Explanation of maps

There are four main types of map accompanying the species texts in this Atlas.

1. Breeding distribution

Breeding distribution map

The breeding distribution maps in this Atlas show the highest level of breeding status recorded in a tetrad in any of the years 2004–06. They have three different sizes of green dots representing the three categories of breeding status:

Large dot Large dot Confirmed breeding
Medium dot Medium green dot Probable breeding
Small dot Small green dot Possible breeding

All the percentages have been calculated exactly but
rounded to whole numbers: occasionally rounding errors mean that the total appears to add up to 99% or 101%.



2. Change in breeding distribution

Change in breeding distribution

These maps compare the breeding season results of this Atlas with our First Atlas of 1978–84. For most species, the comparison only concerns presence during the breeding season, not taking account of which of the three categories of breeding status was recorded. For a small number of species, the main changes are blurred by records of birds on passage or late wintering or 77 immature non-breeders, so 'change' maps are presented of 'confirmed' or 'probable' breeders only. These maps have three colours of dots, all one size:

Green Medium green dot Present during 2004–06, not during 1978–84 ('gain')
Yellow Yellow dot Present during both Atlases
Red Red dot Present during 1978–84, not during 2004–06 ('loss')

3. Winter distribution

Winter distribution map

These maps show the species' presence during winter (16 November to end of February) in any of the winters 2004/05–2006/07. These maps have blue dots (Blue dot), all one size.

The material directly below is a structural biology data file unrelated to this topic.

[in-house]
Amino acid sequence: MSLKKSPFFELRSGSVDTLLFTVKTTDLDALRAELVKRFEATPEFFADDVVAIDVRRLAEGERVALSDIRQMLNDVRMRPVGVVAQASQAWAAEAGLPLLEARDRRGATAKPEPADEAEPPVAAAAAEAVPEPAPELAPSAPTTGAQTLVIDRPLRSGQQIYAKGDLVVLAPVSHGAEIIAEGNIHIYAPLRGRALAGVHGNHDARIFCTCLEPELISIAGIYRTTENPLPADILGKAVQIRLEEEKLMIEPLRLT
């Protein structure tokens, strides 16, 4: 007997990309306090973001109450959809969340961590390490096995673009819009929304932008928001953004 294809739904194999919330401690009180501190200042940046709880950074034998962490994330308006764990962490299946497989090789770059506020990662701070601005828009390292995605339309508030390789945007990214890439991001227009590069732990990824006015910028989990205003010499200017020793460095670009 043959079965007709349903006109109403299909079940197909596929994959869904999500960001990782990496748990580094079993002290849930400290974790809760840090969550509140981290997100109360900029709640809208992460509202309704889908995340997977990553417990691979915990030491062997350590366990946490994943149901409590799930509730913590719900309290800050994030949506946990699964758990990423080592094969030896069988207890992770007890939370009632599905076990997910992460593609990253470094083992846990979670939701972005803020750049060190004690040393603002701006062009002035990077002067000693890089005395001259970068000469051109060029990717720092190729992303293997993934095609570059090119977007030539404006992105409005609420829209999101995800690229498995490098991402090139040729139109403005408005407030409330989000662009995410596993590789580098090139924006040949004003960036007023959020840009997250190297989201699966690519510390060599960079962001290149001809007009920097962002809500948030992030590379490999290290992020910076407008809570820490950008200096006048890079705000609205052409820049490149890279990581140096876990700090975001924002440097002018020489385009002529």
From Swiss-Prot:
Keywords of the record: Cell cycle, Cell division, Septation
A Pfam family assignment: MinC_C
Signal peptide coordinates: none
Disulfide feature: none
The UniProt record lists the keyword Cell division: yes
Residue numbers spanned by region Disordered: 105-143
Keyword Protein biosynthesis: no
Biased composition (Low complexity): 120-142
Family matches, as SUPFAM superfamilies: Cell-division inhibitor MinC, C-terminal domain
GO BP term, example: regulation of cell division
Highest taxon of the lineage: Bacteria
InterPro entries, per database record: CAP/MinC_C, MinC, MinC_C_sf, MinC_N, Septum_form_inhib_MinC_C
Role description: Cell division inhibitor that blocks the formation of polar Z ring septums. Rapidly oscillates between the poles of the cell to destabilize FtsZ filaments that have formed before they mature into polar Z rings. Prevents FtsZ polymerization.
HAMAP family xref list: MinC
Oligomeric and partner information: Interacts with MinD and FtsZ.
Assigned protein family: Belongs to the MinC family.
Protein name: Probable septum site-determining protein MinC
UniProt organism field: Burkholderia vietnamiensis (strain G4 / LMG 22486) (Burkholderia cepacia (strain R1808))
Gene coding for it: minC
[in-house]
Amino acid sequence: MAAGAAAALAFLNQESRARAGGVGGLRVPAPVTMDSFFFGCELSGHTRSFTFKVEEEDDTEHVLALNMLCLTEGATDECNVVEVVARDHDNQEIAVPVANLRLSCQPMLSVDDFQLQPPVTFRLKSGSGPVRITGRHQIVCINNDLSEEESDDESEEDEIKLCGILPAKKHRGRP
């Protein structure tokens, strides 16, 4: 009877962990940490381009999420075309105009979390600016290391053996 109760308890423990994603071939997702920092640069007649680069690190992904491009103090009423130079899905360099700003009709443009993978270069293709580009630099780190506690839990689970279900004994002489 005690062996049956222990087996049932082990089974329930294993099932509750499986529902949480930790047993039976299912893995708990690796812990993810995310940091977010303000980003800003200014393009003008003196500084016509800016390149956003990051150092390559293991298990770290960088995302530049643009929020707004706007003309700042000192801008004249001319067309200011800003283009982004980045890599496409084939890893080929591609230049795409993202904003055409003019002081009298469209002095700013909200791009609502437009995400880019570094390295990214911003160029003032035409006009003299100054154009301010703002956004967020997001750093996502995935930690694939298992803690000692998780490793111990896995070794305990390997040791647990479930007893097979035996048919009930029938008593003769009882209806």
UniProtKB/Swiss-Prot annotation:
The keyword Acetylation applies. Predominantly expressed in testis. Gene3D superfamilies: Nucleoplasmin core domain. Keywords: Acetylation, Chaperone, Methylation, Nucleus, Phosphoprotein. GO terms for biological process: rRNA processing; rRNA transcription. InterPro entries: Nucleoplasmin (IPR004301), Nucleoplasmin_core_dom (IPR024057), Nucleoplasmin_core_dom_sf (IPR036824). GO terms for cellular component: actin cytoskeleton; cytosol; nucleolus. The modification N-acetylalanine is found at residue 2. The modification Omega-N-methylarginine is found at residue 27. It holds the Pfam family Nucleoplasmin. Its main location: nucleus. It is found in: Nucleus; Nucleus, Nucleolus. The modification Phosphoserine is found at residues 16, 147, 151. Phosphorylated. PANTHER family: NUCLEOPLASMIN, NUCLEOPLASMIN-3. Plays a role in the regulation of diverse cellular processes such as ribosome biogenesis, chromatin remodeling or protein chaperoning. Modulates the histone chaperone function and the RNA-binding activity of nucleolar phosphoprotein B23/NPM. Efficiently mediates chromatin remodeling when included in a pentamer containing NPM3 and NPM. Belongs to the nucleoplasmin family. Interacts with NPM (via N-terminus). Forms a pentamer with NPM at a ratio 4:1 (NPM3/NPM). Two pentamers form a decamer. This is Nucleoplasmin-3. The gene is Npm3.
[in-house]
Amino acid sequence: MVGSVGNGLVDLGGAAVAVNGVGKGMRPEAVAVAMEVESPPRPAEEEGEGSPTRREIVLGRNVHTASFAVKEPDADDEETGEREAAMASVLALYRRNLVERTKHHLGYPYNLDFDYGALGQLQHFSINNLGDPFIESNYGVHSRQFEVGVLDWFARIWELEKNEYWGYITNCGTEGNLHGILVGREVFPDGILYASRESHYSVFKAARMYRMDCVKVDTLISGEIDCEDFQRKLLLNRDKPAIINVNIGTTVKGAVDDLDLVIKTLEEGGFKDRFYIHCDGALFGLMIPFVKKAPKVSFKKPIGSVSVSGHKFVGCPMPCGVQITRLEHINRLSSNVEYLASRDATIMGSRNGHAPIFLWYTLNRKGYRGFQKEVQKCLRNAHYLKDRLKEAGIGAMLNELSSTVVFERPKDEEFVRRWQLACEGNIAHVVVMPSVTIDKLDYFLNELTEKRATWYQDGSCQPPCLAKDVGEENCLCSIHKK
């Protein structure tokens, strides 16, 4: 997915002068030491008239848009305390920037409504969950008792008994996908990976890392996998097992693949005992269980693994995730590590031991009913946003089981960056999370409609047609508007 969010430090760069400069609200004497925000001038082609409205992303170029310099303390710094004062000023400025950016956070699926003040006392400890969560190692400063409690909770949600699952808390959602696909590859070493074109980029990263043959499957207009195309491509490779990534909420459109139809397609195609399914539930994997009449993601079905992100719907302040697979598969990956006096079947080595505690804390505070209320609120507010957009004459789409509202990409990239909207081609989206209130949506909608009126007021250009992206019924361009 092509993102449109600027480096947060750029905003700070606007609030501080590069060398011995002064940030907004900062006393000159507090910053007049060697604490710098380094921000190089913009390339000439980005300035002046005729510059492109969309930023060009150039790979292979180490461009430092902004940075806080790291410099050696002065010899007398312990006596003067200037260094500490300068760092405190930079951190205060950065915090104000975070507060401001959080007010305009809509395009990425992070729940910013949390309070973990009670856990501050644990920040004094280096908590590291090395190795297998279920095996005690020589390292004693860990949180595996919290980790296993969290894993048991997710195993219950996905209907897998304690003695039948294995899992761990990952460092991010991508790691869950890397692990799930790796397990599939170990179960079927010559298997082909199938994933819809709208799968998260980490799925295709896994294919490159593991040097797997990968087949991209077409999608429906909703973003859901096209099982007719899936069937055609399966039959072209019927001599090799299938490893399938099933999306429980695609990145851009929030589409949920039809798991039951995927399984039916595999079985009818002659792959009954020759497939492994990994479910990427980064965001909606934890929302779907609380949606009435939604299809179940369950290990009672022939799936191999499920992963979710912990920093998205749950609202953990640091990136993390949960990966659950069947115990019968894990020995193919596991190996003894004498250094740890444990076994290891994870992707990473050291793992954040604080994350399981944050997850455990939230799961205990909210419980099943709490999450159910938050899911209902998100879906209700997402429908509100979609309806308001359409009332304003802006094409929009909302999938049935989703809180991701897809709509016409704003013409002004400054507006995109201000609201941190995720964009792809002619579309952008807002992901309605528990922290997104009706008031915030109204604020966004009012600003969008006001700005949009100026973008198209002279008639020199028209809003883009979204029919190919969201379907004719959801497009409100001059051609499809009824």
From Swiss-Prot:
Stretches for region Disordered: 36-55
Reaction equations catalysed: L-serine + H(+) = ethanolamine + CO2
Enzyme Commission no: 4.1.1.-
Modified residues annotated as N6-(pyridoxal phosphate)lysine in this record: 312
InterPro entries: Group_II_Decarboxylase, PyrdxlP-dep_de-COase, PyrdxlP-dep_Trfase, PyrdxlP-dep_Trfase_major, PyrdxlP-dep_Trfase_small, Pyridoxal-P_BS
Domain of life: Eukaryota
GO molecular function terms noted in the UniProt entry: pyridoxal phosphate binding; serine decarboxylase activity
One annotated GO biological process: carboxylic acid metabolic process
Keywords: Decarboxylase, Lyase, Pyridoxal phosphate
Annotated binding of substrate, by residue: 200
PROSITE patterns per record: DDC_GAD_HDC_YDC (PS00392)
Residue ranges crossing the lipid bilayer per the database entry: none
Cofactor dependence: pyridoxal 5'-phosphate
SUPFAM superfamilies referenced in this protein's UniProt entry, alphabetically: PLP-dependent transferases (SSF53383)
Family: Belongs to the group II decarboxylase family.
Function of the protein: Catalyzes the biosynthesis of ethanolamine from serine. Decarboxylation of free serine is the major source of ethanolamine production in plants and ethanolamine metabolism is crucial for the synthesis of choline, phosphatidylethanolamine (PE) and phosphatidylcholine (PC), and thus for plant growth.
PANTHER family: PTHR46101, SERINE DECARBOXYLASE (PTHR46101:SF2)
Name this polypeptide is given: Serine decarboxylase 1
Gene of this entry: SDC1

There has been no previous survey in winter at the tetrad scale. The county was surveyed by 10 km squares in 1981/82–1983/84 as part of the national BTO Winter Atlas, but there is no species where the comparison at this coarse scale reveals anything, so no 'change' maps are given.




4. Difference between breeding and wintering distribution

Difference between breeding and wintering distribution map

For some species it is instructive to depict the difference between the breeding and wintering distribution during this Atlas. In many cases different populations of birds, from different origins, are involved, and it is not implied that the same birds are present in the two seasons. These maps have three colours of dots, all one size:

Green Medium green dot Present during breeding season but not during winter
Yellow Yellow dot Present during both seasons
Blue Red dot Present during winter but not during breeding season


Other maps

For the species that bred in the county during our First Atlas but do not breed here now, the breeding distribution map is reproduced here with three sizes of brown dots using the same convention as (1) above.

For 35 species, breeding abundance maps are presented, using colours contoured in 10 shades from pale yellow to dark brown. These maps contain a legend giving the species' density in units of birds per square kilometre. This figure can be multiplied by four to give a density in birds per tetrad.

For a few species there are extra maps depicting additional features of interest, such as the differences in the distribution of Lesser Redpoll and Siskin in the three winters, and roosts of a number of winter species with conspicuous communal nocturnal gatherings.